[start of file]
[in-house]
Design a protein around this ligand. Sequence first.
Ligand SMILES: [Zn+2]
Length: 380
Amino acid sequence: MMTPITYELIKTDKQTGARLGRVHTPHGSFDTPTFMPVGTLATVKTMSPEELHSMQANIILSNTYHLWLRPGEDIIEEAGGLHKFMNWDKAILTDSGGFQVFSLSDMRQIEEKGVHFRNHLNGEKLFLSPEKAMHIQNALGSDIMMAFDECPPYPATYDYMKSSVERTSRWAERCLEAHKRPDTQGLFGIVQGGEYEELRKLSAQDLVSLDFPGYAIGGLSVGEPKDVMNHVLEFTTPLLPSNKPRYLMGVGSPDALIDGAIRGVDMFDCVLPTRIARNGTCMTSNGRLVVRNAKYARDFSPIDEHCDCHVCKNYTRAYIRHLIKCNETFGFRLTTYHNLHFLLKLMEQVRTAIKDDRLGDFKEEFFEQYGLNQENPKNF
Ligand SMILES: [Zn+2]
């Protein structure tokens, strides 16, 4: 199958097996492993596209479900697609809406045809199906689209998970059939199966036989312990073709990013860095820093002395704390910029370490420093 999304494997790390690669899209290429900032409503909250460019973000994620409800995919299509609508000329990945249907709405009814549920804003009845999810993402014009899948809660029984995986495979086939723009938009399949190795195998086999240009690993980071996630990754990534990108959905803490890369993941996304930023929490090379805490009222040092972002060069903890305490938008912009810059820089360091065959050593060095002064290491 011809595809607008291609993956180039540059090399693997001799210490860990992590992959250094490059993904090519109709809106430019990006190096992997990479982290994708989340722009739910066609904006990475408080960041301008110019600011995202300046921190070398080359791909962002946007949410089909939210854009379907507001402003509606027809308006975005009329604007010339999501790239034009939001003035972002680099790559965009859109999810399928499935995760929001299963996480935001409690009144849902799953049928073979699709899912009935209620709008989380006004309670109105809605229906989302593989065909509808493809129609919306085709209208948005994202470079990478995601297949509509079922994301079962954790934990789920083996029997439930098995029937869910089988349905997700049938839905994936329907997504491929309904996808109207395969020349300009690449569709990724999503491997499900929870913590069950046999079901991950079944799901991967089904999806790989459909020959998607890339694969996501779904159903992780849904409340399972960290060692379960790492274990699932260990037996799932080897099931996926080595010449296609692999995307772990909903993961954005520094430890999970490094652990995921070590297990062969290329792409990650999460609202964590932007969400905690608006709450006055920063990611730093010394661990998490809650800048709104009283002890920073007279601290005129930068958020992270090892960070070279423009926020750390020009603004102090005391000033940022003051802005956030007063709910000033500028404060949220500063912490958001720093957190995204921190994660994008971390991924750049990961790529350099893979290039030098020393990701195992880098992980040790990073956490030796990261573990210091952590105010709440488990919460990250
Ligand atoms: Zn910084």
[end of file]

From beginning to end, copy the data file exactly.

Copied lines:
[in-house]
Design a protein around this ligand. Sequence first.
Ligand SMILES: [Zn+2]
Length: 380
Amino acid sequence: MMTPITYELIKTDKQTGARLGRVHTPHGSFDTPTFMPVGTLATVKTMSPEELHSMQANIILSNTYHLWLRPGEDIIEEAGGLHKFMNWDKAILTDSGGFQVFSLSDMRQIEEKGVHFRNHLNGEKLFLSPEKAMHIQNALGSDIMMAFDECPPYPATYDYMKSSVERTSRWAERCLEAHKRPDTQGLFGIVQGGEYEELRKLSAQDLVSLDFPGYAIGGLSVGEPKDVMNHVLEFTTPLLPSNKPRYLMGVGSPDALIDGAIRGVDMFDCVLPTRIARNGTCMTSNGRLVVRNAKYARDFSPIDEHCDCHVCKNYTRAYIRHLIKCNETFGFRLTTYHNLHFLLKLMEQVRTAIKDDRLGDFKEEFFEQYGLNQENPKNF
Ligand SMILES: [Zn+2]
């Protein structure tokens, strides 16, 4: 199958097996492993596209479900697609809406045809199906689209998970059939199966036989312990073709990013860095820093002395704390910029370490420093 999304494997790390690669899209290429900032409503909250460019973000994620409800995919299509609508000329990945249907709405009814549920804003009845999810993402014009899948809660029984995986495979086939723009938009399949190795195998086999240009690993980071996630990754990534990108959905803490890369993941996304930023929490090379805490009222040092972002060069903890305490938008912009810059820089360091065959050593060095002064290491 011809595809607008291609993956180039540059090399693997001799210490860990992590992959250094490059993904090519109709809106430019990006190096992997990479982290994708989340722009739910066609904006990475408080960041301008110019600011995202300046921190070398080359791909962002946007949410089909939210854009379907507001402003509606027809308006975005009329604007010339999501790239034009939001003035972002680099790559965009859109999810399928499935995760929001299963996480935001409690009144849902799953049928073979699709899912009935209620709008989380006004309670109105809605229906989302593989065909509808493809129609919306085709209208948005994202470079990478995601297949509509079922994301079962954790934990789920083996029997439930098995029937869910089988349905997700049938839905994936329907997504491929309904996808109207395969020349300009690449569709990724999503491997499900929870913590069950046999079901991950079944799901991967089904999806790989459909020959998607890339694969996501779904159903992780849904409340399972960290060692379960790492274990699932260990037996799932080897099931996926080595010449296609692999995307772990909903993961954005520094430890999970490094652990995921070590297990062969290329792409990650999460609202964590932007969400905690608006709450006055920063990611730093010394661990998490809650800048709104009283002890920073007279601290005129930068958020992270090892960070070279423009926020750390020009603004102090005391000033940022003051802005956030007063709910000033500028404060949220500063912490958001720093957190995204921190994660994008971390991924750049990961790529350099893979290039030098020393990701195992880098992980040790990073956490030796990261573990210091952590105010709440488990919460990250
Ligand atoms: Zn910084």